Monday, April 3, 2017

Cruisin' For A Bruisin'

Amy Walter at the Cook Political Report surmises that unless something drastically changes the fortunes of the Trump regime for the better, Trump's dismally low popularity combined with traditional midterm losses by the party in control of the White House means that Democrats could very well be back in charge of the House in 2019.

The very public intra-party fight between President Trump and the Freedom Caucus is just the latest twist in the ongoing fight over the philosophical, strategic and ideological direction of the Republican party. As has been his mode of operation since his candidate days, Trump has taken to Twitter to shame/intimidate/cajole members of his own party. In this case, it was to get rebellious GOPers to “take one for the team” and support a flawed, but nonetheless GOP-authored Obamacare replacement bill. But, in the end, it’s not the Freedom Caucus that gets hurt by this infighting. They sit in safe Republican seats and know their voters better than anyone in DC. Instead, it’s the vulnerable GOP incumbents who lose this fight. Why? The more the GOP gets bogged down in process instead of progress, the more likely it is that their voters become disillusioned and that independent voters abandon them. Combine these ingredients with an energized Democratic base and you have all the ingredients for a disastrous midterm election in 2018 for the GOP.

In fact, if you look back at the last four midterm elections where the party in the White House lost control of one or both houses of Congress, you see that they share the following traits in common: the president has approval ratings among his own partisans under 85 percent and approval ratings among independents in the 30’s or low 40s.

For example, in November 2006, President George W. Bush’s job approval ratings among his own party were 81 percent. Just 31 percent of independents gave him a positive job rating. His party lost 30 House seats – and control of the House. Four years earlier, in the 2002 midterms, Bush’s job approval ratings among Republicans were a robust 91 percent and among independents they were at 63 percent. His party picked up eight seats in the House that year. We are less than 75 days into the Trump Administration and the president is flirting very close to the danger zone territory. The most recent Gallup survey put his approval ratings with Republicans at 85 percent, but he’s sitting at just 33 percent with independents. If he drops a few points among GOPers, Trump’s ratings today would look exactly like those of President Bush right before his party was routed in 2006.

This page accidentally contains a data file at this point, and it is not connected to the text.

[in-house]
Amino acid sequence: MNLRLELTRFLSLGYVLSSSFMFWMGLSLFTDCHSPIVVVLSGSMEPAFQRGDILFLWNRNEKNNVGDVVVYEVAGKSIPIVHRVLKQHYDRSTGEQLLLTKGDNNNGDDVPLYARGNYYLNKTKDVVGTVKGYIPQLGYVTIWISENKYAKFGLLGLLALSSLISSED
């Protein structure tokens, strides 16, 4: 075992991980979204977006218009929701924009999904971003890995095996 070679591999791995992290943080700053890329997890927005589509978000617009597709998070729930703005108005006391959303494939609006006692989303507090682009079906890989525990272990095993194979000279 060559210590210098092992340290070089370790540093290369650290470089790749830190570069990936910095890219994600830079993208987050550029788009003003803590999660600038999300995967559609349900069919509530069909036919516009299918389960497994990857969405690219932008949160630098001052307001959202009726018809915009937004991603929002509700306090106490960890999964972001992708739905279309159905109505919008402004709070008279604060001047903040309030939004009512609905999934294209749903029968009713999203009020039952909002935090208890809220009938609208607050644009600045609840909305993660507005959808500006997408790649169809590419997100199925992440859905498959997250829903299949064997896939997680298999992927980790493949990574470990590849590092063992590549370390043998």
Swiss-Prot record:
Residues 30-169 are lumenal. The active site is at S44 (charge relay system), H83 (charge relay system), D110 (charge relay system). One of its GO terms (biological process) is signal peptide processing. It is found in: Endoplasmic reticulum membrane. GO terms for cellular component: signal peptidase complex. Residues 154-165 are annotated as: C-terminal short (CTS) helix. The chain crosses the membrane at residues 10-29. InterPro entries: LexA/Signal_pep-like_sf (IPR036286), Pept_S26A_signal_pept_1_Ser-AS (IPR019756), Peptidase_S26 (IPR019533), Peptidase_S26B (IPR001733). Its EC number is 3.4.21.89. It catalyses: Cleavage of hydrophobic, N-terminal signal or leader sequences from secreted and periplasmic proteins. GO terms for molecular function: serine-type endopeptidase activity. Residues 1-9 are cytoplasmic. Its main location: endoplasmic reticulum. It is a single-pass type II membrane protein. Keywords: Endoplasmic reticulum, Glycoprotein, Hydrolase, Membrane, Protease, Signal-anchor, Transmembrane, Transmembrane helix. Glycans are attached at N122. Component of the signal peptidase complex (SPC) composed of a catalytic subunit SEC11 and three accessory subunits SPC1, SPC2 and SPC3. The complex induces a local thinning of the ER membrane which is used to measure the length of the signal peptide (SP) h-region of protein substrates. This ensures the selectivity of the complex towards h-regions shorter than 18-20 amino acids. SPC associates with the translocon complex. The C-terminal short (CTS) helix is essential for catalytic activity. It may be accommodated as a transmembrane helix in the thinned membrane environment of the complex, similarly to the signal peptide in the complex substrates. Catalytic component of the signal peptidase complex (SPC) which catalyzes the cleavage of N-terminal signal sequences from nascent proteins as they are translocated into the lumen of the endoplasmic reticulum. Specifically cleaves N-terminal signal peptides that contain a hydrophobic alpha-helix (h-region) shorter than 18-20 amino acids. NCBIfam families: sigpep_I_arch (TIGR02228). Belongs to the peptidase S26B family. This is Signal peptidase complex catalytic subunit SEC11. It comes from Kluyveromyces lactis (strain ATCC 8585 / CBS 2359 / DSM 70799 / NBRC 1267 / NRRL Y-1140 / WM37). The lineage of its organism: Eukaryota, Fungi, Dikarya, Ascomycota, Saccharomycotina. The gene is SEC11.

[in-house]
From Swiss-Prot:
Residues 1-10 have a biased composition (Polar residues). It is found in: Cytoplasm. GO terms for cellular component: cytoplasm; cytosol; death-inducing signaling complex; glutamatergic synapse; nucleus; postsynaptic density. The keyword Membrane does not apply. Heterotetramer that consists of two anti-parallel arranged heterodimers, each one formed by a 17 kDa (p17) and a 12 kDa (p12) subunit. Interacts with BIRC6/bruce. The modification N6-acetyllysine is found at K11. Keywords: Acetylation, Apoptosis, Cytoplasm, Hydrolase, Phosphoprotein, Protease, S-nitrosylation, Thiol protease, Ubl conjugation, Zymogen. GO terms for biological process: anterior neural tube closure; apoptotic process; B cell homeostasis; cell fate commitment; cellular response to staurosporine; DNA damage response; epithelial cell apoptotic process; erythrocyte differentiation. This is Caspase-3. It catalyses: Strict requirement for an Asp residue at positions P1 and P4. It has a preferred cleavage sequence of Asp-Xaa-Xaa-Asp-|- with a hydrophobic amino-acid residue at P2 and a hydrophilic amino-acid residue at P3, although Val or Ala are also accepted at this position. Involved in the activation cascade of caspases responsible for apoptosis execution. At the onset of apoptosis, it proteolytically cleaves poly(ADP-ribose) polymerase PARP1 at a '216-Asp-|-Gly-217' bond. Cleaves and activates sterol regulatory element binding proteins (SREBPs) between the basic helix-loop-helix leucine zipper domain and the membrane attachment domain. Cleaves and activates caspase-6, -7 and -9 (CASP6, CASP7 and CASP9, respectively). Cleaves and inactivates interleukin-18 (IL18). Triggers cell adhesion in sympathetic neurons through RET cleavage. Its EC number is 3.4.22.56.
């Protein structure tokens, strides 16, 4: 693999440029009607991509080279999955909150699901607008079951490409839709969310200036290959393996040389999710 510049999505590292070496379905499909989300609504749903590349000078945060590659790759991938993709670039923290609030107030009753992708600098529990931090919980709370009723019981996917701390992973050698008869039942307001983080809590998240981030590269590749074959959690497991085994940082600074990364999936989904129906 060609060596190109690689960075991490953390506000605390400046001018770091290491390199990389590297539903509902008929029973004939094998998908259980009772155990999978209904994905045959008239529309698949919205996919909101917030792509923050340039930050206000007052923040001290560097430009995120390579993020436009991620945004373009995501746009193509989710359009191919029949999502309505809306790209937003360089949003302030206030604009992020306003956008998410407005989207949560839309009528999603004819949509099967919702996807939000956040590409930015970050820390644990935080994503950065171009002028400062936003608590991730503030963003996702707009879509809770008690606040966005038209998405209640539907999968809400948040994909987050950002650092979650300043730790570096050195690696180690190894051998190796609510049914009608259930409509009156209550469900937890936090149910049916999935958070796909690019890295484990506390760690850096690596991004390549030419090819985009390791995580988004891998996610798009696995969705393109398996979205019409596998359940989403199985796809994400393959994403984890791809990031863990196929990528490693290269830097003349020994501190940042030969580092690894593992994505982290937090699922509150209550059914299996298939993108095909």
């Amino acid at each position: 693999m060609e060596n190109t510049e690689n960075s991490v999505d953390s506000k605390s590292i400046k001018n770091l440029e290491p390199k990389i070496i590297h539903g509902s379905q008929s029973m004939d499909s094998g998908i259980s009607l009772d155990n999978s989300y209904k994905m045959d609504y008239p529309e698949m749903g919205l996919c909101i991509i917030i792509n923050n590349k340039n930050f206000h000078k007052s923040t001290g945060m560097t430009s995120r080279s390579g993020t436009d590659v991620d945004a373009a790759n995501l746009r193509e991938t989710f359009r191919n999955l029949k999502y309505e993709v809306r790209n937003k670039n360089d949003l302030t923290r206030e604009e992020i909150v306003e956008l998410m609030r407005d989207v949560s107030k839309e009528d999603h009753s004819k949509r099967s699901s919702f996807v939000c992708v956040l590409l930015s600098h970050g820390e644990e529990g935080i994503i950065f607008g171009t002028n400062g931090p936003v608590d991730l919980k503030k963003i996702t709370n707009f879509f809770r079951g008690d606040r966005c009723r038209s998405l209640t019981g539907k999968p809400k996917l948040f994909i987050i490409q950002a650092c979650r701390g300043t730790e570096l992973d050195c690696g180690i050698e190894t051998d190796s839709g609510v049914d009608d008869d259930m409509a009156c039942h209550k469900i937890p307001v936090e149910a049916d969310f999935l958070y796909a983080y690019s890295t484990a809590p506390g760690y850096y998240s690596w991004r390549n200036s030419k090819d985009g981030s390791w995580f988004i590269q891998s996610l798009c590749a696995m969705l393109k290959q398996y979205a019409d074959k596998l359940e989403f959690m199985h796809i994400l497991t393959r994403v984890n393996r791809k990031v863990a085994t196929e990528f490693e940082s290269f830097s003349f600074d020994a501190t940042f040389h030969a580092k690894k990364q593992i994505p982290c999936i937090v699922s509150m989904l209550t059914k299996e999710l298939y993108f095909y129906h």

The old rules say that the GOP is going to take serious damage in the 2018 midterms, but the real question is do the old rules even apply anymore in the Trump era?  Given the most disastrous opening 70 days in modern White House history, Trump's still at 85% with Republicans and that shows no sign of getting any worse for him.  Independents and Democrats have already bailed on this President, but it's Republicans who show up for midterms to actually vote, and that's not going to change.

Will Democrats and independents show up with enough force to counter that trend in 2018?  They sure as hell didn't in 2010 and especially in 2014, the lowest midterm turnout since WW II. 2018 better be different. and the time to lay that groundwork for candidates and turnout efforts is now.

Luckily, Democrats at the national level seem to grasp this, or at least Tom Perez does.  Whether this will translate into actual action remains to be seen.

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